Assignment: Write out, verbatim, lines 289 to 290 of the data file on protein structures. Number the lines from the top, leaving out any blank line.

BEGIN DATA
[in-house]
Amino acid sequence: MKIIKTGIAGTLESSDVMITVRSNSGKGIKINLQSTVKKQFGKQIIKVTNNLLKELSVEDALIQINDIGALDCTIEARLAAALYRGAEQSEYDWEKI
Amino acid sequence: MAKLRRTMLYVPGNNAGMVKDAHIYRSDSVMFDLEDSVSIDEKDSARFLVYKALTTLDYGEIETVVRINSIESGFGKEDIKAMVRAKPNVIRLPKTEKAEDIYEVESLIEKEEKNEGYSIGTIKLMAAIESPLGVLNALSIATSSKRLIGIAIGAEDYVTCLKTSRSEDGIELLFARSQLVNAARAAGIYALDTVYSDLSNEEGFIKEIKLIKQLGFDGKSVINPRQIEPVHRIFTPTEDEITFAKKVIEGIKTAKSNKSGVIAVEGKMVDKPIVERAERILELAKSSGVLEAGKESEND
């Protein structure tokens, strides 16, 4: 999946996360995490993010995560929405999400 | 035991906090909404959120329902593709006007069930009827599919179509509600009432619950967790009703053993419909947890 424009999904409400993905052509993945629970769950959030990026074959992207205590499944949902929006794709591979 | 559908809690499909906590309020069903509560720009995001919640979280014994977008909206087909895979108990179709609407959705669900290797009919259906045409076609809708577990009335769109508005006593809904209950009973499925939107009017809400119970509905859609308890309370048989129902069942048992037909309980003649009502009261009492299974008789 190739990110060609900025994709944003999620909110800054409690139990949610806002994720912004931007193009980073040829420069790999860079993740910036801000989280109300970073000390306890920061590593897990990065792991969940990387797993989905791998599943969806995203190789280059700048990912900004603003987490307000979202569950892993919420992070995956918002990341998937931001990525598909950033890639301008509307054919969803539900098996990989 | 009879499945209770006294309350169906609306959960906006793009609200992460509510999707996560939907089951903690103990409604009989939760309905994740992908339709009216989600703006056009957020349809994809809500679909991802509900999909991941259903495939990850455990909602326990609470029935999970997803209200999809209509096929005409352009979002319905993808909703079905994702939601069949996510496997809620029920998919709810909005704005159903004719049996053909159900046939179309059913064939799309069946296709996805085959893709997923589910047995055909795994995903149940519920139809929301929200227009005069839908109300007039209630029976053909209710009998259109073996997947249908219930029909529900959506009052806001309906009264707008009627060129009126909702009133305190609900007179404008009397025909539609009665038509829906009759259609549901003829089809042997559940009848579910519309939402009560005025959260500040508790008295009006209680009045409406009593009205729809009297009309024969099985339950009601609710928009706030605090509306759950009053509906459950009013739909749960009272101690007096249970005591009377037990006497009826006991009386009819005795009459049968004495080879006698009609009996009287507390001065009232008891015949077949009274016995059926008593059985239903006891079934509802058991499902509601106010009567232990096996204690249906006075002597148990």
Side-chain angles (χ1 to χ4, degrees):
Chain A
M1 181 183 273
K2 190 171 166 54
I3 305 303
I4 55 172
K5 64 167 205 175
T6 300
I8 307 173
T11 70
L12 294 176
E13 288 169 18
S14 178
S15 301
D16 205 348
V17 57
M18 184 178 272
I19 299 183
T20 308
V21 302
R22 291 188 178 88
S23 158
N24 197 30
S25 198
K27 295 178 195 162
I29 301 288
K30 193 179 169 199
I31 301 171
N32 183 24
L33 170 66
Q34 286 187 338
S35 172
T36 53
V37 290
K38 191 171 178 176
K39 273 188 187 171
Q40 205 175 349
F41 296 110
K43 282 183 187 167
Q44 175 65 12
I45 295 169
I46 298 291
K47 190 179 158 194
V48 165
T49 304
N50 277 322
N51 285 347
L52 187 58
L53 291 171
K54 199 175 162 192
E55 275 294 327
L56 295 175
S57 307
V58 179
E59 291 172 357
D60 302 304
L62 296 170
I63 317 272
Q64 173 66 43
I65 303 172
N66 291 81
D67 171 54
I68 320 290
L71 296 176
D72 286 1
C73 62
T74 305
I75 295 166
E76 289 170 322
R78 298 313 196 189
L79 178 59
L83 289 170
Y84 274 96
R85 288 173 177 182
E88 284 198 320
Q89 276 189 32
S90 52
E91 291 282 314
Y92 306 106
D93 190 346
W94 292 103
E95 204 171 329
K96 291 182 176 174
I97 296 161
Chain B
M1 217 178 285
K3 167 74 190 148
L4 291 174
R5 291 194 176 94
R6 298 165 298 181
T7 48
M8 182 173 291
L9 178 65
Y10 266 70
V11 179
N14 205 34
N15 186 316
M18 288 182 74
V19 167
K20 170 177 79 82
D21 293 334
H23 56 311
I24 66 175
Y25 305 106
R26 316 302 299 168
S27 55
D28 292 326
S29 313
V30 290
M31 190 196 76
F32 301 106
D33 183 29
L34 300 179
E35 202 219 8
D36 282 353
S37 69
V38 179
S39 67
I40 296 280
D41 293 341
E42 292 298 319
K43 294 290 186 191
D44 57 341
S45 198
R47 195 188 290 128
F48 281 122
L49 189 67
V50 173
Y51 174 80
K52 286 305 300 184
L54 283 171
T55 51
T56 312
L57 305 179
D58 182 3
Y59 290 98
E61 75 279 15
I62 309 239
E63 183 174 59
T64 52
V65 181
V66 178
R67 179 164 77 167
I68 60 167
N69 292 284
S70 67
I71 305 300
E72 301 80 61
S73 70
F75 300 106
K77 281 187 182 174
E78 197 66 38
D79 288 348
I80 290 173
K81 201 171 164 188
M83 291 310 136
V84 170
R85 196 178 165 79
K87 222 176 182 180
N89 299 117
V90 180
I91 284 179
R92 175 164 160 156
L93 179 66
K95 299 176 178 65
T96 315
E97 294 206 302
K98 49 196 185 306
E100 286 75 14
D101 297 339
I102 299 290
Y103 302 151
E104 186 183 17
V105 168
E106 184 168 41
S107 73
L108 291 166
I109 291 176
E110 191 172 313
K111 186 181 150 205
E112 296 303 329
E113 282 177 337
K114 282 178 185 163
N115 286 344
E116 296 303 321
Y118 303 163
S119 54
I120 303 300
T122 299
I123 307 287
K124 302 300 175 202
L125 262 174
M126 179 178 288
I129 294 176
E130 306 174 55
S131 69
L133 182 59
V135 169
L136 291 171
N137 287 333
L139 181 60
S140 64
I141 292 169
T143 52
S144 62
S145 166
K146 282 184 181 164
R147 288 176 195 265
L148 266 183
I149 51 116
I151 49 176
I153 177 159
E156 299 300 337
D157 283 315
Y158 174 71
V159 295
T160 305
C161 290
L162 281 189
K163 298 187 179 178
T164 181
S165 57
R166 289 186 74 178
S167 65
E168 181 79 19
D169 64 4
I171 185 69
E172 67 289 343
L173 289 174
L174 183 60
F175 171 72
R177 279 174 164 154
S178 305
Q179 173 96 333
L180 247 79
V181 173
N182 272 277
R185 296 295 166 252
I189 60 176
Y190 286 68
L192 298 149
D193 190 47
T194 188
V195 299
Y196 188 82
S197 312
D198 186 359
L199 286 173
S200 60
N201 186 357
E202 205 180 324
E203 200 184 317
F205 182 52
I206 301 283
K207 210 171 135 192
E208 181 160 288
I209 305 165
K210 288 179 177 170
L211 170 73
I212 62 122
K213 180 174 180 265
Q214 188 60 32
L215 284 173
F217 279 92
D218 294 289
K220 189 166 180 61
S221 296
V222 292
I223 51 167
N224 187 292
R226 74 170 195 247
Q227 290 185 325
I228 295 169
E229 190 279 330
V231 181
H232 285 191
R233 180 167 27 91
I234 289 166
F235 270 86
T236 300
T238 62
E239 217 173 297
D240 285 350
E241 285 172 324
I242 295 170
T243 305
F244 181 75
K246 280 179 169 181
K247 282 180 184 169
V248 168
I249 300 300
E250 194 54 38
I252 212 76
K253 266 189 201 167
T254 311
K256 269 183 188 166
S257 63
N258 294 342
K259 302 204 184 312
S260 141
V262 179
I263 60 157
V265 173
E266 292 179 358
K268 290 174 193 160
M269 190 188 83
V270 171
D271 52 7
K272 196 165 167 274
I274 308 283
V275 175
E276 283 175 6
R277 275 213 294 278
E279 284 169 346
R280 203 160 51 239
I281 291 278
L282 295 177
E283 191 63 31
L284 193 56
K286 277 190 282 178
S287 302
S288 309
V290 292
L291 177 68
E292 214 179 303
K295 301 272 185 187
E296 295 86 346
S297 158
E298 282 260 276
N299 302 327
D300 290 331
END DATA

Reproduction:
I242 295 170
T243 305